Not everything that is faced can be changed, but nothing can be changed until it is faced. – James Baldwin
This past week, the United States has had the metaphorical floodlights focused on one of our most enduring faults. Under the glare of these lights, we have been forced to look, full in the face, at the truth long spoken of by black and brown Americans, that racism is alive and well. Still. Today.
Now is our chance to face our collective historical and present truth, together, with humility, kindness, and respect. Now is our chance to teach the next generation, the generation under our care, a different way forward. Now is my chance to acknowledge that my words and actions may not change the world, but they can change me.
We have seen the brilliant quote by Nelson Mandela many times this week:
“No one is born hating another person because of the colour of his skin or his background or his religion. People must learn to hate, and if they can learn to hate, they can be taught to love, for love comes more naturally to the human heart than its opposite.”
But it leaves many of us asking, “How?” It sounds so simple. But what does it look like, to “be taught to love.”
We are the teachers and parents charged with teaching the next generation how to go forward differently. To do that, we must honestly face our history and teach it to them accurately. We cannot shy away from uncomfortable truths. As the James Baldwin quote above states, “Nothing can be changed until it is faced.”
But it is not enough to teach only the history. We must actively teach and reinforce accurate ideas about race. It is not helpful to teach children to be “colorblind” or to never speak about race. It is confusing and troubling to tell children to “not see color.” We all see color. These platitudes perpetuate the idea that our racial differences are a bad thing that should never be noticed. Let them ask questions. When we shun questions about race, we make it seem taboo. Our racial differences are not a taboo, divisive thing. It is our negative responses to racial differences that create a divide. We have to actively teach that God’s creation is beautiful, that skin comes in a variety of shades, all beautiful, all perfectly acceptable, and lovely. They need to see this modeled.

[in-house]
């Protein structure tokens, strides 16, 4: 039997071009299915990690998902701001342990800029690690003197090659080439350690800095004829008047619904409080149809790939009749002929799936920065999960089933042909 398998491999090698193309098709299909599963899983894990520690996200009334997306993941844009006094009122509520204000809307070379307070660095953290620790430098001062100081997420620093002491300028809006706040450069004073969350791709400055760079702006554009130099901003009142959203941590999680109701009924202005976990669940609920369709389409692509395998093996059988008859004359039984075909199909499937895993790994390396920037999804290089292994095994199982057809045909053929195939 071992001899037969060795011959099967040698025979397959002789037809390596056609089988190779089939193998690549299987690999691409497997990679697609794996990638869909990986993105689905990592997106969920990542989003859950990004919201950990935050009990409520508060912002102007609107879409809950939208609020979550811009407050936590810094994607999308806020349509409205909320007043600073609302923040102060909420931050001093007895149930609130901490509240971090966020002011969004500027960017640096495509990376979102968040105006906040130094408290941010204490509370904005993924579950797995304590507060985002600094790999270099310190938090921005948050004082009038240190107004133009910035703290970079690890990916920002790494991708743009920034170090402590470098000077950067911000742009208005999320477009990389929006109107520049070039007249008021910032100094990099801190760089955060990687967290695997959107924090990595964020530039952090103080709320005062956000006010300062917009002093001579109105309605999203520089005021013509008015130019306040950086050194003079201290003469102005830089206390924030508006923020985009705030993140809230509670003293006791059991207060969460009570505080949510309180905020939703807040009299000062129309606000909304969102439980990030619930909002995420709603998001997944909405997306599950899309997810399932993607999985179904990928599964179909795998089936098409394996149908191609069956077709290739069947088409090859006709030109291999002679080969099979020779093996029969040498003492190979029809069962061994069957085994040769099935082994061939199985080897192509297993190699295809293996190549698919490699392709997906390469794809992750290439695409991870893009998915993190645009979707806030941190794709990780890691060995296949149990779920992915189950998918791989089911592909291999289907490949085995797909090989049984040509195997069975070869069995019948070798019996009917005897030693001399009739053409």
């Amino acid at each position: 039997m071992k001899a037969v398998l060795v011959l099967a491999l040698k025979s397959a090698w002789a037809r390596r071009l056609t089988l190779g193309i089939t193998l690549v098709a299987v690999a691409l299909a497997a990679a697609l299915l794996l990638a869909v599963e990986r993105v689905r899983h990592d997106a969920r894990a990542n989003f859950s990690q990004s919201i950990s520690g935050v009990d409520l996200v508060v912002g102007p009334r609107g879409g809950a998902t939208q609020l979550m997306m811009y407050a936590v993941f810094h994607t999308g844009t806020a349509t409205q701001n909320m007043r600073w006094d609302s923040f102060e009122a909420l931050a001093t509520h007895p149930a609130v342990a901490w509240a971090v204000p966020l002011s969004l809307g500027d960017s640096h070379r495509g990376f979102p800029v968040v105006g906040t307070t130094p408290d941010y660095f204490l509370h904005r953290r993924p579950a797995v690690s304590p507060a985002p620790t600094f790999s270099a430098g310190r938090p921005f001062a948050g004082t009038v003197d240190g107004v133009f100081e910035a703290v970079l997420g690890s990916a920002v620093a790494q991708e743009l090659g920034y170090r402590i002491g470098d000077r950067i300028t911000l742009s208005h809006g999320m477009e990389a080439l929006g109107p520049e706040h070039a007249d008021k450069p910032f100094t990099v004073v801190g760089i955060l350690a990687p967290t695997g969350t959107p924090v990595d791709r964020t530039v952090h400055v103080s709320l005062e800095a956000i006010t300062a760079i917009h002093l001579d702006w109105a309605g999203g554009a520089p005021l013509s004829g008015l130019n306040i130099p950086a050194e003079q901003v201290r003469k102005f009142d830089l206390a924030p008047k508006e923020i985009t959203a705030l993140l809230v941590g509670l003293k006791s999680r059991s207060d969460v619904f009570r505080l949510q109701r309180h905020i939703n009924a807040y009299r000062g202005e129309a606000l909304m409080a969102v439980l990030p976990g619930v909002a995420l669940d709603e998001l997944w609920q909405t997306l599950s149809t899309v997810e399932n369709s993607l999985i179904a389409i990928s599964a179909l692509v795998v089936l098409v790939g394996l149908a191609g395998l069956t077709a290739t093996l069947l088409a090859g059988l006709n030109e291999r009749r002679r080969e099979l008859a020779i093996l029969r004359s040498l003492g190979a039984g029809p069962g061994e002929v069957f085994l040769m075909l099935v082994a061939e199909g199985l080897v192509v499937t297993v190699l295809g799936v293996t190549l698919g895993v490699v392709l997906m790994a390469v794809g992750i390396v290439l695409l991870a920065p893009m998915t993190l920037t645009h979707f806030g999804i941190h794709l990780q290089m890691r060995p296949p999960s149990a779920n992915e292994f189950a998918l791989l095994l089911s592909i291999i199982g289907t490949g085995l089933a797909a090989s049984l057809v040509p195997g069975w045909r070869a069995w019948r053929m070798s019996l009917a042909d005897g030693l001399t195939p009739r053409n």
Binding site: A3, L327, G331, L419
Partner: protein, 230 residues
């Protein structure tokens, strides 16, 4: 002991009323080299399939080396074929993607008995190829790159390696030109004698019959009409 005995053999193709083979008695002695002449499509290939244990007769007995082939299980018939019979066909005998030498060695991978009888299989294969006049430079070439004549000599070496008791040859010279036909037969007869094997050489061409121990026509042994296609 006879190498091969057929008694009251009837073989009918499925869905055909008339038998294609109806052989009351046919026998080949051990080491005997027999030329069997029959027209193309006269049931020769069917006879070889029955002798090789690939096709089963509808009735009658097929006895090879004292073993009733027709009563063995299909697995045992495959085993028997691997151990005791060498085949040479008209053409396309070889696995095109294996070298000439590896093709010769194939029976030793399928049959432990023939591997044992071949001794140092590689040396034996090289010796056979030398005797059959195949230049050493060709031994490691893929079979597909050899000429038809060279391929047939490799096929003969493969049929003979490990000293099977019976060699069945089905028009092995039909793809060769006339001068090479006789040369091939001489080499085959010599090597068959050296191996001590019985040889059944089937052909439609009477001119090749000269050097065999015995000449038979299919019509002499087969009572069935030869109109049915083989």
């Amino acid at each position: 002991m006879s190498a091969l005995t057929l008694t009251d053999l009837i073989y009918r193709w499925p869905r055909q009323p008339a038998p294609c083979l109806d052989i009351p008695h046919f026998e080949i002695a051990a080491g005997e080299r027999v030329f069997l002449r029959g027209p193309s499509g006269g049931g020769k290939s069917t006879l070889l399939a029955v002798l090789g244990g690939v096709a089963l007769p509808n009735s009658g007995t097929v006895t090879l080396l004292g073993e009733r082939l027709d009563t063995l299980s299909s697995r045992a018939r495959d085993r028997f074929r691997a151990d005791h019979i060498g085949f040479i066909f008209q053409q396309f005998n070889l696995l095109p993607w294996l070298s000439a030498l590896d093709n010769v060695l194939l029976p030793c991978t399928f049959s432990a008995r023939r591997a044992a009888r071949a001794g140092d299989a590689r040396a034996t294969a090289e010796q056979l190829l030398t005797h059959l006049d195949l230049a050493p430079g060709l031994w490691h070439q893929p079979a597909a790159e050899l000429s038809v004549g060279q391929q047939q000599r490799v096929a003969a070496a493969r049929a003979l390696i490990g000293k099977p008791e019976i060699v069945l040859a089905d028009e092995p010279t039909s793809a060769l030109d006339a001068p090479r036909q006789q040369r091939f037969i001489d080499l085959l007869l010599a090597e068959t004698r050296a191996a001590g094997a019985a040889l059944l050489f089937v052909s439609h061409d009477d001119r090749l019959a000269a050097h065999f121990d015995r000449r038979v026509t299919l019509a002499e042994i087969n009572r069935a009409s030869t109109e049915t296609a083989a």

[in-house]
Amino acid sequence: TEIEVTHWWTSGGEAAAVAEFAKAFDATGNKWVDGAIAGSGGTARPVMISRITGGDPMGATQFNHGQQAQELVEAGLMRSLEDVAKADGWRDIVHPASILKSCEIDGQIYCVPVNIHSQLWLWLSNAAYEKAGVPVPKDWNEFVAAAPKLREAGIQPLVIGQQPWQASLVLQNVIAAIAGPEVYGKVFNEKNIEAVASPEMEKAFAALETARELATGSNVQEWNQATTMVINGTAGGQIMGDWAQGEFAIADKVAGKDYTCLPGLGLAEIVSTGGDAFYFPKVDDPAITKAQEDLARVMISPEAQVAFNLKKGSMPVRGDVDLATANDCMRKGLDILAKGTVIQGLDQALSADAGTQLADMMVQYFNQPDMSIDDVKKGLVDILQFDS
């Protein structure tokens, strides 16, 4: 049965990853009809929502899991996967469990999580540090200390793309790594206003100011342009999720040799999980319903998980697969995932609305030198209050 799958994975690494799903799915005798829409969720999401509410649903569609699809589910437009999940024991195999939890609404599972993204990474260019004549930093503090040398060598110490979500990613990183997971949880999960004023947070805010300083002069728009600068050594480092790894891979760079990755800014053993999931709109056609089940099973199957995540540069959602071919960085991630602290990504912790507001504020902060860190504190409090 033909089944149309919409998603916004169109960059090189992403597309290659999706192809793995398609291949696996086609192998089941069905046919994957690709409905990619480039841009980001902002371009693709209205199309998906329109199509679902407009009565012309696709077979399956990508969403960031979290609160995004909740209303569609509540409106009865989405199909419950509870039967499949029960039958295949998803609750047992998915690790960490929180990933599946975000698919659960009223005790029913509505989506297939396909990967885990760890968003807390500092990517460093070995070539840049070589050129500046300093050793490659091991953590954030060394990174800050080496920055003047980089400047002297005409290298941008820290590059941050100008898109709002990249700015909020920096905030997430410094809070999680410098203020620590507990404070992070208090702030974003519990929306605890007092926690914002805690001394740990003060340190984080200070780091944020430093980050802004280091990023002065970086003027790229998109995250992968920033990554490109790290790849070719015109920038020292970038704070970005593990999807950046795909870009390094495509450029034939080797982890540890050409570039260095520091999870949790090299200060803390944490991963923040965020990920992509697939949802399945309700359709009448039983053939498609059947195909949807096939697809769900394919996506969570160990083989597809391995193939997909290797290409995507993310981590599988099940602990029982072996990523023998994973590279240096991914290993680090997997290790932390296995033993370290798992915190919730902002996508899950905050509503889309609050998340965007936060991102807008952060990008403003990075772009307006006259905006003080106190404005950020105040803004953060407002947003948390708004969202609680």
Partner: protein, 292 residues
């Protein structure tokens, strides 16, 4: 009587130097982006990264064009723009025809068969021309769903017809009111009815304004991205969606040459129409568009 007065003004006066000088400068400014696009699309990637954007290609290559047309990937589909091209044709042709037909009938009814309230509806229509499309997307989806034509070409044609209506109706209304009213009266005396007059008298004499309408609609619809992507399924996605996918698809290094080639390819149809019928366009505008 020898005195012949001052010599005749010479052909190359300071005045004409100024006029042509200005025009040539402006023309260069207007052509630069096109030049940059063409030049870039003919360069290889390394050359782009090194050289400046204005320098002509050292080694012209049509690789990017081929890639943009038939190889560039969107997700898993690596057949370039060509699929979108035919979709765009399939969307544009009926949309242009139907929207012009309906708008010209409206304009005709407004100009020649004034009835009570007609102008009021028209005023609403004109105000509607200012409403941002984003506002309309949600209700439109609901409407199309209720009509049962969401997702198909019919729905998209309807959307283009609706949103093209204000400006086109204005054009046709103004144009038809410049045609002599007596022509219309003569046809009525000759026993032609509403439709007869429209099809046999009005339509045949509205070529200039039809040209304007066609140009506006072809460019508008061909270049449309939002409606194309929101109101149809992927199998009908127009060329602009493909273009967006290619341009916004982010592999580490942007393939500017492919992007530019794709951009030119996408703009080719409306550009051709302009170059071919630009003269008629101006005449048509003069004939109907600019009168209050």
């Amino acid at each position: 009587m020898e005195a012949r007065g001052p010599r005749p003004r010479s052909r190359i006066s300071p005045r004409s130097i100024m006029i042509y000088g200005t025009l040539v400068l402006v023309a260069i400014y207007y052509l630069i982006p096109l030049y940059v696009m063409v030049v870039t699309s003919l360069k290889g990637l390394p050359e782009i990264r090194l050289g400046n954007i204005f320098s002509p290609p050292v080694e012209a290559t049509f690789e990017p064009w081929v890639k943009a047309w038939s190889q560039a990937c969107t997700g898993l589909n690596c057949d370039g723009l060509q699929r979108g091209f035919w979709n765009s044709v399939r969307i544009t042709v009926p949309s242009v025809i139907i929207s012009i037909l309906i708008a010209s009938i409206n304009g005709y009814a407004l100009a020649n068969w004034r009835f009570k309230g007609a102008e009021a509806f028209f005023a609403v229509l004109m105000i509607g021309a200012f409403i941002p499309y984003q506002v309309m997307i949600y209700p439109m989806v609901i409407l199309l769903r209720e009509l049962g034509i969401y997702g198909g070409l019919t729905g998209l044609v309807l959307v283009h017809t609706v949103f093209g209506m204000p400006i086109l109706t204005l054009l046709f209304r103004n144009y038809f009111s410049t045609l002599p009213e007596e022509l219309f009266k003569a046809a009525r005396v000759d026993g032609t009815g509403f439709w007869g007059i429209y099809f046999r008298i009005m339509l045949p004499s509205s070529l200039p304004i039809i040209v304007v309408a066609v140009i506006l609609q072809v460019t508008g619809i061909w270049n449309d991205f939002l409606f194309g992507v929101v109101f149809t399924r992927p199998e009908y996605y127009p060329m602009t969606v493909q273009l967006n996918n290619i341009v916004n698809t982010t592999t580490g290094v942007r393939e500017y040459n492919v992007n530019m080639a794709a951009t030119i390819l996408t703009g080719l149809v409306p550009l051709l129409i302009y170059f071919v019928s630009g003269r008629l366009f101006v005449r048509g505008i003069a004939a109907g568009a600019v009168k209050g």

To help us navigate these discussions and prompt these conversations, there are many, many good books that you can read together. Over the past week, I have seen several excellent lists. I have compiled a list of my favorite lists. These books are fantastic resources for your home and/or classroom.
- Social Justice Books – For this particular moment, I highly recommend their “Black History” list.
- Unity. Kindness. Peace” and “Working Together for Justice” (Association for Library Services for Children)
- Social Justice: Teachable Moments and Books on Democracy and Citizenship (School Library Journal)
- Picture Books that Teach Kids To Combat Racism (What Do We Do All Day?)
- Books to Help Kids Understand the Fight for Racial Equality (Brightly)
- Kids Books to Spark Conversations about Empathy (TinyBop)
- Empowering Middle Grade Novels for Kids Interested in Social Justice (Barnes and Noble)
To these I would add my own Black History Month book list and three books that I have read in the last year: Stella by Starlight by Sharon Draper, Steamboat School by Deborah Hopkinson, and Frederick’s Journey: The Life of Frederick Douglass by Doreen Rappaport.
Under the glare of these floodlights, may we have the courage, respect, and grace to face the truth and work towards change. Under the glare of these floodlights, may we begin new conversations. Under the glare of these floodlights may we mend.